The population structure and demography of Triturus cristatus in agricultural landscapes of North-West England

Orchard, DG 2017, The population structure and demography of Triturus cristatus in agricultural landscapes of North-West England , PhD thesis, University of Salford.

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Triturus cristatus is one of Europe’s most rapidly declining amphibians and has been the subject of conservation concern in the UK since 1975. Despite its widespread decline and continued threats from development, T. cristatus remains widely distributed in the UK countryside. Traditional farming practices, such as the digging of ponds for livestock, created suitable habitats for T. cristatus and consequently the species was much more common in the past. Over the last 70 years the nature of farming has fundamentally changed and the modern landscape provides a comparatively degraded habitat for wildlife. The value of farmland for T. cristatus in the UK is often overlooked by conservation efforts for the species, even though it is a valuable habitat and essential for providing connectivity between adjacent populations. Much effort is focussed on the small number of Special Areas of Conservation (SACs) or Sites of Special Scientific Interest (SSSIs) but these cover a very small part of the UK landmass. T. cristatus has been protected by law in the UK since 1981, and as a result an estimated minimum of £45 million is spent each year to avoid killing or injuring individual newts where populations are affected by development. In contrast land in agricultural production covers 71% of the UK but funding for proactive conservation of the species across this habitat is minimal and very difficult to obtain.

This thesis has investigated the ecology of T. cristatus on farmland in North West England. Data were collected from a total of 32 ponds on 11 sites. Population size estimates are presented for eight farm ponds and are compared with those from three non-farmed ponds. Population size varied markedly between ponds and sites, and some farm ponds supported very small numbers of newts. Population estimates fluctuated markedly between years, highlighting the importance of long term studies. Isolated ponds supported relatively large numbers of individuals, and indeed the highest population estimate was recorded in an isolated pond. This demonstrates that isolation in itself is not a limiting factor for population size. In total, 4693 individuals captured during this study were weighed and measured, and the data were used to compare body condition index (BCI) between populations. There was no clear difference between BCI at farmed and non-farmed sites, suggesting that BCI of T. cristatus on farmland was not adversely affected by modern farming practices. There was an inverse relationship between age and body condition.

The age structure of 13 populations was estimated based on skeletochronology of 548 adults. Individuals in the farmed landscape survived to a maximum estimated age of 14 years, only one year less than the maximum age recorded during this study. Twenty individuals were estimated at 12 years or older. Fourteen of these were from farmed and six were from non-farmed populations. This indicates that both the aquatic and terrestrial habitat of the farmed landscape is sufficient to allow newts to fulfil their natural lifespan. The estimated age of sexual maturity for the majority of individuals was 2-3 years. The median estimated age across all populations was 6.5 years for males and seven years for females. It appears that individuals do not breed as soon as they reach sexual maturity and thus remain in the terrestrial habitat for a much longer period of their lives than previously thought. Males always returned to the pond earlier than females of the same age. In both sexes, individuals aged 8 years and over were on average captured approximately three weeks prior to younger individuals.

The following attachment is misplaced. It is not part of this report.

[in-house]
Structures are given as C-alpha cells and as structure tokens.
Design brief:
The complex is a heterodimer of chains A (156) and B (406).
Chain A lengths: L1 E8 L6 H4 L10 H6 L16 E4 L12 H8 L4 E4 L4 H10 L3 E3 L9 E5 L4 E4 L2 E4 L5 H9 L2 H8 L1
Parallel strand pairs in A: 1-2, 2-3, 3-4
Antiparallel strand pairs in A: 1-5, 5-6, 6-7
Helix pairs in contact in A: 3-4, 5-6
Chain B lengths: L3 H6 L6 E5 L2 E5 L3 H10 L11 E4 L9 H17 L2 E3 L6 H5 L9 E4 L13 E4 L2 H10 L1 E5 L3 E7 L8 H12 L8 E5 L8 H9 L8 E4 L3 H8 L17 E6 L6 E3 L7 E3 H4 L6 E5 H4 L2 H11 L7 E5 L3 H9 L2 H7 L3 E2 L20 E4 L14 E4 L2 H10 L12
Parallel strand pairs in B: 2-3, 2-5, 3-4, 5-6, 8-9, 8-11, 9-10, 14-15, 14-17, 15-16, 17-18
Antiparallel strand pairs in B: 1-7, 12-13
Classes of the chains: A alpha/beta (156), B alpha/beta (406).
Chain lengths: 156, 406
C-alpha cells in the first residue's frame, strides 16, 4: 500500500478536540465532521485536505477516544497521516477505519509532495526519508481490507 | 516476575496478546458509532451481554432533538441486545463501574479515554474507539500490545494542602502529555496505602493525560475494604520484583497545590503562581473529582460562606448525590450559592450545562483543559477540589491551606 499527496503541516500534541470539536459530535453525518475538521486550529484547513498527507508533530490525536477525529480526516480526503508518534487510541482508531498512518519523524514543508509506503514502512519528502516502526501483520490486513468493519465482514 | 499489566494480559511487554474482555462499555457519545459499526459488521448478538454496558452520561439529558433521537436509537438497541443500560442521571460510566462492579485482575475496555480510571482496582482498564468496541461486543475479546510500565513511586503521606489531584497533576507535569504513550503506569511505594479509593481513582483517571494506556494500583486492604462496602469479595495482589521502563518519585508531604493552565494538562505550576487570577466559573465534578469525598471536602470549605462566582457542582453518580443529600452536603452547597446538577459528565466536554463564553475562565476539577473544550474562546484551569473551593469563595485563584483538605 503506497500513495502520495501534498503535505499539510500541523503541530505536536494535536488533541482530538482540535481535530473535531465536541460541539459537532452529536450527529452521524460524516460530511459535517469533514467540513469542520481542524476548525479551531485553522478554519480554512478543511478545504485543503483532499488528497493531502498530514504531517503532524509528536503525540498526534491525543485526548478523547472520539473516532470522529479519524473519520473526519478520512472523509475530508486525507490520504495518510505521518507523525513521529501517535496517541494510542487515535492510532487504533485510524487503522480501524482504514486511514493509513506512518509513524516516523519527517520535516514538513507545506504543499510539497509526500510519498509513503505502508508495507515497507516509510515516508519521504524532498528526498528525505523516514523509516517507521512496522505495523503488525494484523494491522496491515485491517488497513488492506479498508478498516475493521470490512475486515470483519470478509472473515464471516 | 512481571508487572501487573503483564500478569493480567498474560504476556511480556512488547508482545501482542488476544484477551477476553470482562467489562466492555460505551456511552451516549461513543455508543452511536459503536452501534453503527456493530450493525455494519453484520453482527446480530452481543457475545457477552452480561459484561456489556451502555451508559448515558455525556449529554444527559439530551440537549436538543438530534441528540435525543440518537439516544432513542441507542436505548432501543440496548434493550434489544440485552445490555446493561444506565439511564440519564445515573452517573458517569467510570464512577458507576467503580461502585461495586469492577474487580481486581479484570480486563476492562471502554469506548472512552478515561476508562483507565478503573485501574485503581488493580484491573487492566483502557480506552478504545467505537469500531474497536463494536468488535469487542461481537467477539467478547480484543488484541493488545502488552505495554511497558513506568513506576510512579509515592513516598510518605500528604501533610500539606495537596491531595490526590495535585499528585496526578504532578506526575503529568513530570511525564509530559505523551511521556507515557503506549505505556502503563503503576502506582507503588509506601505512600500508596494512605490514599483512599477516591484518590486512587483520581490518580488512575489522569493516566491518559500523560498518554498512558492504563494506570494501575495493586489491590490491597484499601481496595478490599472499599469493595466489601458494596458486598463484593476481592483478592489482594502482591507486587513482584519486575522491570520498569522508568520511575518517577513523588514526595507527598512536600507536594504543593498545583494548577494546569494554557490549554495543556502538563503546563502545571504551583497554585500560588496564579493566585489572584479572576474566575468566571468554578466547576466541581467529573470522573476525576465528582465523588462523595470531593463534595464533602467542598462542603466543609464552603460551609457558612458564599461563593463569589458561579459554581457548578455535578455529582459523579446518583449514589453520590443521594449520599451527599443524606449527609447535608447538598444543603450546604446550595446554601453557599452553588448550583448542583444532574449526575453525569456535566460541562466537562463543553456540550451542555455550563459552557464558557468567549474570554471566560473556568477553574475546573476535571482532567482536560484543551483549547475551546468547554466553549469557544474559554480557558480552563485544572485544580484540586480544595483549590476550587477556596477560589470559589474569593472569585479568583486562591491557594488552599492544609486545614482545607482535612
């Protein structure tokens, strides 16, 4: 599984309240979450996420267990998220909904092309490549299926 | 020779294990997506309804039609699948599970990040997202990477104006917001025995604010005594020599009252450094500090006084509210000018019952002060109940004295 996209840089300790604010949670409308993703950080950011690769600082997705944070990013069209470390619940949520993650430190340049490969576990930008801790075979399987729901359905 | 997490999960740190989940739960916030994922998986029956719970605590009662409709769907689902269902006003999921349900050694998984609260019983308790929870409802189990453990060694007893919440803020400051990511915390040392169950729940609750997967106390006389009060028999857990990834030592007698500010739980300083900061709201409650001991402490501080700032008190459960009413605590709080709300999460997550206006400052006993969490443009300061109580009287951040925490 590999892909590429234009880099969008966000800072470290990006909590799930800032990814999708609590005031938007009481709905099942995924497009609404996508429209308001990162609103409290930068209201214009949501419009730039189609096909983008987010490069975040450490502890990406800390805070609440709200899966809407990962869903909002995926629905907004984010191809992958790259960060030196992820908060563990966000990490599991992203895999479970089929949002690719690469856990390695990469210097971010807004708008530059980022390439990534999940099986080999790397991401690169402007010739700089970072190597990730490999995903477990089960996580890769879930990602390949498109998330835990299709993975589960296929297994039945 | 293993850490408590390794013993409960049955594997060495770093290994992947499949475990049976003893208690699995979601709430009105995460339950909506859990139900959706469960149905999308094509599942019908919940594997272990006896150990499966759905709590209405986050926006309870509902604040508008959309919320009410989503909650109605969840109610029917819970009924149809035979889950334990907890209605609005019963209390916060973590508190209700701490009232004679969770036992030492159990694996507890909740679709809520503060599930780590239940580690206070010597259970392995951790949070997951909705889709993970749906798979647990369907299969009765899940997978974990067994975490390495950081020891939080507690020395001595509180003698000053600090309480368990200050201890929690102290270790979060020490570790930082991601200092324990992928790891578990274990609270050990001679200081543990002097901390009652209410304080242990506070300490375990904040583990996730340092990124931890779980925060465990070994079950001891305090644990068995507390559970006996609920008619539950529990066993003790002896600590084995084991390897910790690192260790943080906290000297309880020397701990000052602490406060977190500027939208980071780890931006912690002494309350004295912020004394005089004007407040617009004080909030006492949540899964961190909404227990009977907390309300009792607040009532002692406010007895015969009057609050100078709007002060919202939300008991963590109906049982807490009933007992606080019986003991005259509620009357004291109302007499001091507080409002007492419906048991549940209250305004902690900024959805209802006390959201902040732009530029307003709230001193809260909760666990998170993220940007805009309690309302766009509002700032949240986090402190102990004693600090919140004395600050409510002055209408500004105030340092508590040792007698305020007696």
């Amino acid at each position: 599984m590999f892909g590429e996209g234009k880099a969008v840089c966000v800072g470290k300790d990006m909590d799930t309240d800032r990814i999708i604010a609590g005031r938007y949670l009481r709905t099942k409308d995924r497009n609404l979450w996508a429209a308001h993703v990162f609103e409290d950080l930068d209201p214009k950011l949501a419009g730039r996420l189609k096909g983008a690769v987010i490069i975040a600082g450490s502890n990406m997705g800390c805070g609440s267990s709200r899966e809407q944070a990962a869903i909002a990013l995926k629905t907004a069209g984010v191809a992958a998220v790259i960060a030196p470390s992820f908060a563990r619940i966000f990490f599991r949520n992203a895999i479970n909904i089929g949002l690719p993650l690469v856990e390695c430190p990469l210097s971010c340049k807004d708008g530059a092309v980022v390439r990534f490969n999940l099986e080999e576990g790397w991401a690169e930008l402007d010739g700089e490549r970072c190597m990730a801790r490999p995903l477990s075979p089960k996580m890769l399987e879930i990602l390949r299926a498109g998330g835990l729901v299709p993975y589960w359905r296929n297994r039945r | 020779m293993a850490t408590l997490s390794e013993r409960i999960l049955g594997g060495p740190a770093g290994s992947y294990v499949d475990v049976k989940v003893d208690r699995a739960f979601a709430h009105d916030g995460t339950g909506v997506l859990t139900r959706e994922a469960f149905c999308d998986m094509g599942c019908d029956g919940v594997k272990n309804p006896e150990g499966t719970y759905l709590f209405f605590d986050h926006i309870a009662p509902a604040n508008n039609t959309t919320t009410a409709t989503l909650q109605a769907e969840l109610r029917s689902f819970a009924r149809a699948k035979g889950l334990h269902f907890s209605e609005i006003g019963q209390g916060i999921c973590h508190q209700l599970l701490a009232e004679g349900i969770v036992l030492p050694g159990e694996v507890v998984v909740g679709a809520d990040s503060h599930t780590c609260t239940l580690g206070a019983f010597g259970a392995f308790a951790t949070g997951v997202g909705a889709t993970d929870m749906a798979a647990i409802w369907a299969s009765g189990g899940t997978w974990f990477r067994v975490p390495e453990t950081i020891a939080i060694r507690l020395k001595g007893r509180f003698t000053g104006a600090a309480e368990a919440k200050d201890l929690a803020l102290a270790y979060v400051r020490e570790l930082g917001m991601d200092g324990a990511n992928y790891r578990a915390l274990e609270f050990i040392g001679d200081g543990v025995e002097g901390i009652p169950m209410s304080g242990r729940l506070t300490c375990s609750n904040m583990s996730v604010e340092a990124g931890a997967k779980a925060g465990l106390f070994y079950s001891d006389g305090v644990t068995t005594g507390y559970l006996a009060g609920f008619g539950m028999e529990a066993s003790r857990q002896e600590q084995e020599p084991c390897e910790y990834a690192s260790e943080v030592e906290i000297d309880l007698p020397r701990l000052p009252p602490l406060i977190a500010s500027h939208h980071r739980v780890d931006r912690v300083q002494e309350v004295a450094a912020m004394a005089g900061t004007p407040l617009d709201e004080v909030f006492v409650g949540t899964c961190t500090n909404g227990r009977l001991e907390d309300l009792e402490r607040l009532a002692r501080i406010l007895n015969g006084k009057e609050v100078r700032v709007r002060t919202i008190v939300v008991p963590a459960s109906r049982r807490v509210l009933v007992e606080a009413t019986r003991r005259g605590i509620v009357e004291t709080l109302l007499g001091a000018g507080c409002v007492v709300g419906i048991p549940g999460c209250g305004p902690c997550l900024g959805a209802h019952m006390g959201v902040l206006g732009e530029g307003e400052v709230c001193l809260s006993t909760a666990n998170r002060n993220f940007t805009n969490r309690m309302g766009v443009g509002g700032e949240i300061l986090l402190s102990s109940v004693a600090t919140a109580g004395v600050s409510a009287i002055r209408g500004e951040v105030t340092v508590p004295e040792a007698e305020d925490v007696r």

Whether population isolation has had any measurable effect on T. cristatus was investigated using a genetic study of 23 populations on 13 sites. There was no evidence of a loss of genetic diversity through isolation. This study supported the conclusion of other research that dispersal distances for T. cristatus can be much greater than reported by capture-mark-recapture (C-M-R) studies. At one of the farmed sites (Moss Shaw Farm), populations just over 1 km apart were assigned similar genetic characteristics, indicating genetic mixing of those populations. This shows that the modern agricultural landscape is still capable of facilitating the dispersal of individuals.

The results of this research demonstrate that the agricultural landscape in the UK can continue to provide a suitable habitat for T. cristatus. Efforts to engage with farmers and landowners to enlist their support for the conservation of this species will therefore be worthwhile.

Item Type: Thesis (PhD)
Schools: Schools > School of Environment and Life Sciences > Ecosystems and Environment Research Centre
Funders: Natural England
Depositing User: DG Orchard
Date Deposited: 19 Feb 2018 15:45
Last Modified: 27 Aug 2021 23:35

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